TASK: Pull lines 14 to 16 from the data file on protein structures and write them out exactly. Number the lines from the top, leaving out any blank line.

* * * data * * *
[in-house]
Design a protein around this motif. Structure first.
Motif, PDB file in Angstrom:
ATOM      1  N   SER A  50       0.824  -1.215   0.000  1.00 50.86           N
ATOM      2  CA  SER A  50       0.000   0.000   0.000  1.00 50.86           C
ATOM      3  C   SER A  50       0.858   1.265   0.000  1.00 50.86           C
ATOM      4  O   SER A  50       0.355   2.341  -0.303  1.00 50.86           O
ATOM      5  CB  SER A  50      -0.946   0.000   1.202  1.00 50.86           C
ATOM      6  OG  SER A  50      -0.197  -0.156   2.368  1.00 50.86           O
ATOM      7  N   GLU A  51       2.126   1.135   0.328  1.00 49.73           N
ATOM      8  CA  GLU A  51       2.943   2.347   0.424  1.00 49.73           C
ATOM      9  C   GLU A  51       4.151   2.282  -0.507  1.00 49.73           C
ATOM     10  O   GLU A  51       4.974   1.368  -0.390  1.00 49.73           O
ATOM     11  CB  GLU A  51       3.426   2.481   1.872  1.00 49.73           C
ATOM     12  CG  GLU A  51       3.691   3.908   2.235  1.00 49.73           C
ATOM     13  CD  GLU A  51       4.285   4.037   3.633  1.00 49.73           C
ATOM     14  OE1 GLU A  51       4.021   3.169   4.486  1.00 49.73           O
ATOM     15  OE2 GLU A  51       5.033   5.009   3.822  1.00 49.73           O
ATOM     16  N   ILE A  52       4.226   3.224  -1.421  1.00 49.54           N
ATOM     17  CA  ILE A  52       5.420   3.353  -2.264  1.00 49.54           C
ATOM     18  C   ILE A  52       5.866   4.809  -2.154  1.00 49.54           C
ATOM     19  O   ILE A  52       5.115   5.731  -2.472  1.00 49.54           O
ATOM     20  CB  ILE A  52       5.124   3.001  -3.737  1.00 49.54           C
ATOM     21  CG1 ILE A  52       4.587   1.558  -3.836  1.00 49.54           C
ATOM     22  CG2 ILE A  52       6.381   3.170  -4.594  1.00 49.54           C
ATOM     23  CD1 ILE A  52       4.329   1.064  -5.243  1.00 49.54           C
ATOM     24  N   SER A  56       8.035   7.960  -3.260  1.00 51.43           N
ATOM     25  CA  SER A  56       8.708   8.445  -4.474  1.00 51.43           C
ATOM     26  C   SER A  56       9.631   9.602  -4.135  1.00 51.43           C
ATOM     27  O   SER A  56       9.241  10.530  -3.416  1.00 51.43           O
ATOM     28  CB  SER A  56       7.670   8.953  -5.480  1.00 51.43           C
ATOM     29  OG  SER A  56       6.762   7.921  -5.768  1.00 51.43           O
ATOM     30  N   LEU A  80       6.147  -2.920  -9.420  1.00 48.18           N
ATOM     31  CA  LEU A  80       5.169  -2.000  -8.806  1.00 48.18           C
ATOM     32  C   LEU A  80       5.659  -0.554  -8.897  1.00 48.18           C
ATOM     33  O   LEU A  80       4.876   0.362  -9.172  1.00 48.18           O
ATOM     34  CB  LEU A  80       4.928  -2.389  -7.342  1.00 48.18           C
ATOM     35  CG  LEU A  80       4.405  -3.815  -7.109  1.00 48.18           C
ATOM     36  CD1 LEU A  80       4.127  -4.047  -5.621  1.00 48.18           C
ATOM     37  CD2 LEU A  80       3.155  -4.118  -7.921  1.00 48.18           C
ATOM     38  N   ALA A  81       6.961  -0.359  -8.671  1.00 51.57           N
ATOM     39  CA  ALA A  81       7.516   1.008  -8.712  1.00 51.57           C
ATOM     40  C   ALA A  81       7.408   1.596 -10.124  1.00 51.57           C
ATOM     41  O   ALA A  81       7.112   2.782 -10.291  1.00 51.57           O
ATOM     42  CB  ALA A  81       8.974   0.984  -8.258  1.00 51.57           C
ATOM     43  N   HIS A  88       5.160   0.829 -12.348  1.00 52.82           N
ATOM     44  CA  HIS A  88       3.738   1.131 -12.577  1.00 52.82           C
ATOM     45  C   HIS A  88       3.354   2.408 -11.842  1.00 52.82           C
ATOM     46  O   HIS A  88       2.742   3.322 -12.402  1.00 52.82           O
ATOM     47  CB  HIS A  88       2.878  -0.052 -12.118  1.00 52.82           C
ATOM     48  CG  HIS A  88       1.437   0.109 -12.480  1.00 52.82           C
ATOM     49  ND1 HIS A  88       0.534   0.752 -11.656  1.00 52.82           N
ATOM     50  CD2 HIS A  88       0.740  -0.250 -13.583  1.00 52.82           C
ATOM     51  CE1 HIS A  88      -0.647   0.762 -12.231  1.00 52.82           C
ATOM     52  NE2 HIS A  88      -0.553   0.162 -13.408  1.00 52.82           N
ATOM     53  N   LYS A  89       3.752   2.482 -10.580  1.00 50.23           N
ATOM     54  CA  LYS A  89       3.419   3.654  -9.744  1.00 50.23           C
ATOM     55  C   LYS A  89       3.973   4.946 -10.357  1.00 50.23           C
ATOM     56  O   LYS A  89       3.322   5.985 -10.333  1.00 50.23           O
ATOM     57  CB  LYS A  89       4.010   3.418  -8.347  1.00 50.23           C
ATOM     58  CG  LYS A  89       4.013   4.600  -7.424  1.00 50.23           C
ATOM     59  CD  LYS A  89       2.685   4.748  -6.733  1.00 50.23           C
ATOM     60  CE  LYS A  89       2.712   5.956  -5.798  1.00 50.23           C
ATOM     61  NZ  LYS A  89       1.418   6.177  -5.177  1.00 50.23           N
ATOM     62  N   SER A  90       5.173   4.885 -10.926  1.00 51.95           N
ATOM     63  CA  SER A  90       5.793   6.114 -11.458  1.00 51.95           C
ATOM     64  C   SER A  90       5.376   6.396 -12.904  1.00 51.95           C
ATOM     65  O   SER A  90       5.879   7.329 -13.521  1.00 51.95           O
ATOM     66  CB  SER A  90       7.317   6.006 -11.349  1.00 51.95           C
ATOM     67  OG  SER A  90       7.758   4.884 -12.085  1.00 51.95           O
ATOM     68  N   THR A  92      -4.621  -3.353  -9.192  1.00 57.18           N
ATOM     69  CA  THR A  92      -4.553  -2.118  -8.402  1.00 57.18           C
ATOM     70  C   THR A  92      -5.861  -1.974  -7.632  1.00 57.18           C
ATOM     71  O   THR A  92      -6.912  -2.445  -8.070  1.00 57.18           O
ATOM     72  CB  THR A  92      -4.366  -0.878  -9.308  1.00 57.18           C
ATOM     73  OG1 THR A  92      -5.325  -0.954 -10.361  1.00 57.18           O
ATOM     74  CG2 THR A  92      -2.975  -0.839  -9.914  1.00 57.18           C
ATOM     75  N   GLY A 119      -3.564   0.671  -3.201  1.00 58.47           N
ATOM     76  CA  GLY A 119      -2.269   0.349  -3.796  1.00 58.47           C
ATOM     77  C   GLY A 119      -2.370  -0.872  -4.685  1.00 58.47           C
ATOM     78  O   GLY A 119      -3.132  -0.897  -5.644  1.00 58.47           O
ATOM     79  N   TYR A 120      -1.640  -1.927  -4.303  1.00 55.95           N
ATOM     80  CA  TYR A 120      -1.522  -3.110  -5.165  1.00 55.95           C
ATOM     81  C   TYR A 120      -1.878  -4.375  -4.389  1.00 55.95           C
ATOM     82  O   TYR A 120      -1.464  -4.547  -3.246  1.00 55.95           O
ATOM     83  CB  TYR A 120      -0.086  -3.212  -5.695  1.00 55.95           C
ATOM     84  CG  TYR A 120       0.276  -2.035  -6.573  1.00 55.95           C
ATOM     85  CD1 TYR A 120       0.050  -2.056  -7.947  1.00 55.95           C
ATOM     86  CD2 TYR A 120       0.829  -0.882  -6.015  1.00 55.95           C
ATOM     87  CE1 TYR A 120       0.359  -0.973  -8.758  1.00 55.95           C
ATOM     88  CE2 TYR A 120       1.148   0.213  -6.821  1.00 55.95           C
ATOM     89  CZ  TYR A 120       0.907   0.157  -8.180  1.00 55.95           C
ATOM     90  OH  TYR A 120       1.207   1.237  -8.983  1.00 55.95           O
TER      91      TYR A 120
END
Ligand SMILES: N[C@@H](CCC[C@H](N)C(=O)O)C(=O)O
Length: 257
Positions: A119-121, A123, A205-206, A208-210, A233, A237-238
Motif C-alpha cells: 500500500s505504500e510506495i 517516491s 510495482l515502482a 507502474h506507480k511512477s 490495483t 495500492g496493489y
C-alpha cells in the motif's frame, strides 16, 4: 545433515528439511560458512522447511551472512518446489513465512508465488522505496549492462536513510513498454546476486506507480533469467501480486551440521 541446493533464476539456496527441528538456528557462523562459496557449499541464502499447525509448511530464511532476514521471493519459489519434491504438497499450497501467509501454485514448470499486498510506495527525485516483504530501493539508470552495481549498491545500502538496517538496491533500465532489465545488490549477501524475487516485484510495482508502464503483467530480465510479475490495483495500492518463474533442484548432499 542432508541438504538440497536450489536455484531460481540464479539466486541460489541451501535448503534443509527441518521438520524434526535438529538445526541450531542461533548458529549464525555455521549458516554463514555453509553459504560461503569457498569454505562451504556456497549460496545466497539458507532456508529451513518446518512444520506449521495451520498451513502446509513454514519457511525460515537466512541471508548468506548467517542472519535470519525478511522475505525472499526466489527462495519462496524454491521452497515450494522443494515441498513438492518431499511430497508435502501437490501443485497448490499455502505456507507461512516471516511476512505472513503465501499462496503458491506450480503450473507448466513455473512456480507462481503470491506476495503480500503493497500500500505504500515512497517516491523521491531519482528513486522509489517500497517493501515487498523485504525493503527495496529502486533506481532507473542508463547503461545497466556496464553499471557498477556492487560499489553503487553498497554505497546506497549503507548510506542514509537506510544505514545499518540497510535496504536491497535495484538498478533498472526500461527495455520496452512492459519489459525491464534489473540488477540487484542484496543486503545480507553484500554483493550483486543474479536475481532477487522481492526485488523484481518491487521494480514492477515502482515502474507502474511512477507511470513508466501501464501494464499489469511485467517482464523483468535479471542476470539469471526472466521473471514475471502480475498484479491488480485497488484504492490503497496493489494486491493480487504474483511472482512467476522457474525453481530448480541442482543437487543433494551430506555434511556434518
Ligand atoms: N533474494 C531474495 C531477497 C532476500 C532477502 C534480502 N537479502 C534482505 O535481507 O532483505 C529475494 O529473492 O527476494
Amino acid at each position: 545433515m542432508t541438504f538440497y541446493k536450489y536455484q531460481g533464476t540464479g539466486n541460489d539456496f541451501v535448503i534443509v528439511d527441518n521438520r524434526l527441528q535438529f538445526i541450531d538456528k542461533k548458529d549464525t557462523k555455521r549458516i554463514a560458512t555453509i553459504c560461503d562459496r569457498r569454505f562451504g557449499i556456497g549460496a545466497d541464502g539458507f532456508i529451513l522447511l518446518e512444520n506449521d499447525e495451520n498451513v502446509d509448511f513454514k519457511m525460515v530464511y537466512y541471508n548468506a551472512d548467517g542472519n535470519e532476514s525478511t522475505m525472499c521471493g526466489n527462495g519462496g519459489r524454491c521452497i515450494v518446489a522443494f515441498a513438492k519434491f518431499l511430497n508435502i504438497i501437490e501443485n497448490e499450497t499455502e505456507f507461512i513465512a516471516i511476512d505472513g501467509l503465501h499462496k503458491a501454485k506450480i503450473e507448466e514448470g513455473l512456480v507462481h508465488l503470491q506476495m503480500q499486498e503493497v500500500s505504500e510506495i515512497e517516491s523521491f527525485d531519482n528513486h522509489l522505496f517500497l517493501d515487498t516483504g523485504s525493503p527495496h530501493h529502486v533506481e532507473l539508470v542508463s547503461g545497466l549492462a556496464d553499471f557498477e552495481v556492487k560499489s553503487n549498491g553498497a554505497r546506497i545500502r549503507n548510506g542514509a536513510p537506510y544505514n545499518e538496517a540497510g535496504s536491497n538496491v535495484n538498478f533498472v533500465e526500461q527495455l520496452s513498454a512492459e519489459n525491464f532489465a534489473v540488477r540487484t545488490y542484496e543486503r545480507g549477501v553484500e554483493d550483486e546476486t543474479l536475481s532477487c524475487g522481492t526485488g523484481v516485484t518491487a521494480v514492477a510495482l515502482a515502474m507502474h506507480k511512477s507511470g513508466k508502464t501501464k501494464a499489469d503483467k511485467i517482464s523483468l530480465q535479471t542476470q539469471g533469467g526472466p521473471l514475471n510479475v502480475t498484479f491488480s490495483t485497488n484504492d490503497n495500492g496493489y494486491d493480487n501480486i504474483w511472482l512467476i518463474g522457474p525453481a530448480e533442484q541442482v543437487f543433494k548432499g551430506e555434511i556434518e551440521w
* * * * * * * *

ATOM     11  CB  GLU A  51       3.426   2.481   1.872  1.00 49.73           C
ATOM     12  CG  GLU A  51       3.691   3.908   2.235  1.00 49.73           C
ATOM     13  CD  GLU A  51       4.285   4.037   3.633  1.00 49.73           C